Sample Courses

Here are some of our graduate courses for the Fall 2020 semester!  These courses are open to admitted students in MS-GMC and MS-ALIS.  Admitted students can register during Phase II registration through OSCAR (

Featured Course List

Blurb / Gallery Set

CHIN 6500: Intercultural Seminar


Conducted in Mandarin Chinese, this seminar lays a foundation for students to analyze and understand current events in China and Sino-U.S. relations and develops students cross-cultural communication skills in the Chinese context. We will cover intercultural communication theories and concepts and train students to function effectively and comfortably in a China-related field. Students will learn to analyze Chinese and American interactions, to collaborate to resolve differences and misunderstandings, and to view situations from the perspectives of both American and Chinese cultures. Our goal is to foster the practical intercultural communication skills that future American leaders -- in business, industry, government, and the professions -- will be confronting in the 21st century.

FREN 8803-A: Francophone Africa


This course will introduce students to representations of Africa in light of its modern history and culture through modern and contemporary Francophone media. The focus will be on West African and North African films, and European movies dealing with these regions. Students will develop their analysis skills by examining, researching, and presenting in French on Francophone media and representations of Africa (from colonialism to present), and improve their oral and written communication skills at the mid-advanced level. We will also look at the relationship of France to North Africa, Sub-Saharan Africa and Europe. We will also attempt to understand contemporary cultural attitudes toward Europe, immigration, industries, finance, investments, banks, and governments.

GRMN 8803-B: Political Cultures and Movements


This seminar centers on political ideologies, social and cultural trends, as well as key figures to examine how political cultures and movements have shaped German-speaking societies after 1945. Students will learn about the division of Berlin and Germany in the Cold War, the reunification of Germany after the fall of the Berlin Wall, the role of Germany in post-Cold War Europe, and the shifting political landscape of Germany today. Topics include ideology, media, protest and civic discourse, migration, nationalism, cultural and multicultural identities, hybridity, climate action, and international relations. Students will gain analysis and communication skills at the intermediate-advanced level of German, preparing them for a global job market.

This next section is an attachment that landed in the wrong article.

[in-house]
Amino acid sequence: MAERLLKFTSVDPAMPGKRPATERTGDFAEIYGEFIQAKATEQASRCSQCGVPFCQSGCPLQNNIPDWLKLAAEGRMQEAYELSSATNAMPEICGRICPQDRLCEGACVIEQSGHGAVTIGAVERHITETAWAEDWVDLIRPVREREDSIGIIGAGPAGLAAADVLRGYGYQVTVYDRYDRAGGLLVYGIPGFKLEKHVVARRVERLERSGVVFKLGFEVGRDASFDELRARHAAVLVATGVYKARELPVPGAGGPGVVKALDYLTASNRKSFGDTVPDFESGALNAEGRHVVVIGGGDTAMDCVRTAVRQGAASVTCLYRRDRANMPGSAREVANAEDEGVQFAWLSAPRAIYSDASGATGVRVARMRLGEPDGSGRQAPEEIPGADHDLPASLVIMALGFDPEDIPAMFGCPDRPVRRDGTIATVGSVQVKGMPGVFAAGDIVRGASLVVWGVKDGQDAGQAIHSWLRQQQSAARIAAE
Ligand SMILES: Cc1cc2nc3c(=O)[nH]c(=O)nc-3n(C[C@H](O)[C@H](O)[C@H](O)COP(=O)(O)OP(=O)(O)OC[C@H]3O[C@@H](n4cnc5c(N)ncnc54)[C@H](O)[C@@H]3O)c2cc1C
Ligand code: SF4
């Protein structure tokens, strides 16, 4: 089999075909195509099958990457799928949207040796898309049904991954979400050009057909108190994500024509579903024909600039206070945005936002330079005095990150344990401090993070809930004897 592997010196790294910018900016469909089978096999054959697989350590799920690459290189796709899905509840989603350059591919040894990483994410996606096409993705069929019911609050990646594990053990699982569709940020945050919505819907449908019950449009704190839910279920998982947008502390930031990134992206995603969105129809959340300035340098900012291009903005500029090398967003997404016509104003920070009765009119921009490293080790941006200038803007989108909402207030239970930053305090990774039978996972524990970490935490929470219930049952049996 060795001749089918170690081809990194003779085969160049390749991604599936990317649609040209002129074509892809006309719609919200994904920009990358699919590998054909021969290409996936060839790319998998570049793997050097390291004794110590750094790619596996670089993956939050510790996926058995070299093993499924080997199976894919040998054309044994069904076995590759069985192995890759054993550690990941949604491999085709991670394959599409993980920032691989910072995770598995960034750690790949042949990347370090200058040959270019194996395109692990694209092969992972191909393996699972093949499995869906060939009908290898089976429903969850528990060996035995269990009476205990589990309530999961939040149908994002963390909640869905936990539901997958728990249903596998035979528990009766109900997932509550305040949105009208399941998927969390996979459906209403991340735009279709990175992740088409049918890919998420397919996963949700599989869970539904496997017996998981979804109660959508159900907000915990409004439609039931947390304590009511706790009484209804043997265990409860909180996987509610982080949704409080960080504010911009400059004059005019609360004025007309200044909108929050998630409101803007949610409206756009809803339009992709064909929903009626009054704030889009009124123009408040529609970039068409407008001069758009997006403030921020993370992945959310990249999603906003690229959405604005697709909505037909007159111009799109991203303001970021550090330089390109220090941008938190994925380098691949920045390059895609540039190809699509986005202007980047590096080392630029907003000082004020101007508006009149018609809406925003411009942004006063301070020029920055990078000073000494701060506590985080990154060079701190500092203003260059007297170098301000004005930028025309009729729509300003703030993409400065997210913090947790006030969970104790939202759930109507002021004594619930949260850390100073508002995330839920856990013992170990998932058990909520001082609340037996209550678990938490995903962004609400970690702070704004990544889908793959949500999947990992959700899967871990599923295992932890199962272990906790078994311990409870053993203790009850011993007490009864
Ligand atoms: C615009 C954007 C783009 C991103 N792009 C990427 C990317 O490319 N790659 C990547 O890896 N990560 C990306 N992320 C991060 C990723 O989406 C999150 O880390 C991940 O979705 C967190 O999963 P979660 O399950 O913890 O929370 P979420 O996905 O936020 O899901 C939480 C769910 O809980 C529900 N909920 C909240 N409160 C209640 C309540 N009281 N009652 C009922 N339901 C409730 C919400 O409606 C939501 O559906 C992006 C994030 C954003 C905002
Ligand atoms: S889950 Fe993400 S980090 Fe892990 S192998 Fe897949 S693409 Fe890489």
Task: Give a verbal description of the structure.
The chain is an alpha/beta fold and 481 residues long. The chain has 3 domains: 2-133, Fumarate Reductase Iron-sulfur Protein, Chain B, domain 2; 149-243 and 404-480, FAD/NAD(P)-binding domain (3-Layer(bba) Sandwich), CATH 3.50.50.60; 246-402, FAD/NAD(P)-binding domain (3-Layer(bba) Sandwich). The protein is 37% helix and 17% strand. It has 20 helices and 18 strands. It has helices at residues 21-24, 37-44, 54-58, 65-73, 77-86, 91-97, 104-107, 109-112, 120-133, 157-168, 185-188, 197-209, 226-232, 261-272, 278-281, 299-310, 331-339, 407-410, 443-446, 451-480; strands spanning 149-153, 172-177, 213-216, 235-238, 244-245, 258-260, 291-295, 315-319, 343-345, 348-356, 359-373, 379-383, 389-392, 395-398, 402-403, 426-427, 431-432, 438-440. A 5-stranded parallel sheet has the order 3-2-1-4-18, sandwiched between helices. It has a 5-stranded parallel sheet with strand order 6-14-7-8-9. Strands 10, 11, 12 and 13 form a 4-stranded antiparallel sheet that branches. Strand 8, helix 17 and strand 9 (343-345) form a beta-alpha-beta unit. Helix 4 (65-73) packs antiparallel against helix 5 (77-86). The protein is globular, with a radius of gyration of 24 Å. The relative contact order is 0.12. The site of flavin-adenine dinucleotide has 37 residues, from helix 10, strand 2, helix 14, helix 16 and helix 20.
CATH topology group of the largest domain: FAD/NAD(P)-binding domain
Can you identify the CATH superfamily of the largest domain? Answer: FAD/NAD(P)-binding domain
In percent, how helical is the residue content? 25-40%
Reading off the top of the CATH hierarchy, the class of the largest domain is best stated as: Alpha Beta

JAPN 8903: Research and Creative Writing Lab, East Asian Media


This is a seminar group that will be run like a Japanese “zemi” or graduate seminar. Students will produce a research project or creative project on a topic related to East Asian media. This could be a translation of a Chinese short story, an analysis of Japanese films, a short documentary on social movements in Okinawa, etc. Transnational and comparative projects are welcome. Twice a month we will also meet to discuss assigned readings and to discuss project progress. At the end of each semester we will host an East Asian Media @ Tech Symposium to present our projects to the wider community. Our readings will discuss how Chinese, Japanese, and Korean speculative literature and film articulate fears, anxieties, dreams, and desires about the future of the Pacific region.

RUSS 8803-B: Contemporary Literature and Film


Russia's dramatic twentieth century; with its historical upheavals, and the totalitarian pressures placed on the arts; both stifled and catalyzed creativity. In this course, we consider each of the major periods in Russian and Soviet history in the 20th century through key works of prose, drama, and film; discussing historical and cultural context, aesthetics, structure and meaning. There will be a particular emphasis on texts and films which problematize the expanding role of science and technology and/or philosophical/psychological aspects of the "acceleration" of history and change in the twentieth century. We will also discuss the types of conflict between official "collectivization" of the creative process and authorial will which developed throughout the decades.

SPAN 6460: Hispanic Digital Cultures


This course covers the most influential trends in New Media and Digital Culture in Latin America and Spain. We will explore the impact of new information and communications technologies on Hispanic Cultural traditions. Students will learn about interactive story-telling, hypertext and connectivity, digital poetry, iPad and mobile literature, blog-fictions, twitter literature, digital photography, and video games. Students will also gain practice in the analysis of computational media, the production of digital artifacts using professional software and design principles. We also cover the pre-computational trends that helped pave the way for the emergence of new media (comics, experimental and avant-garde arts, hypertexts in print format) and the technical vocabulary for the analysis of texts and works in multimedia format.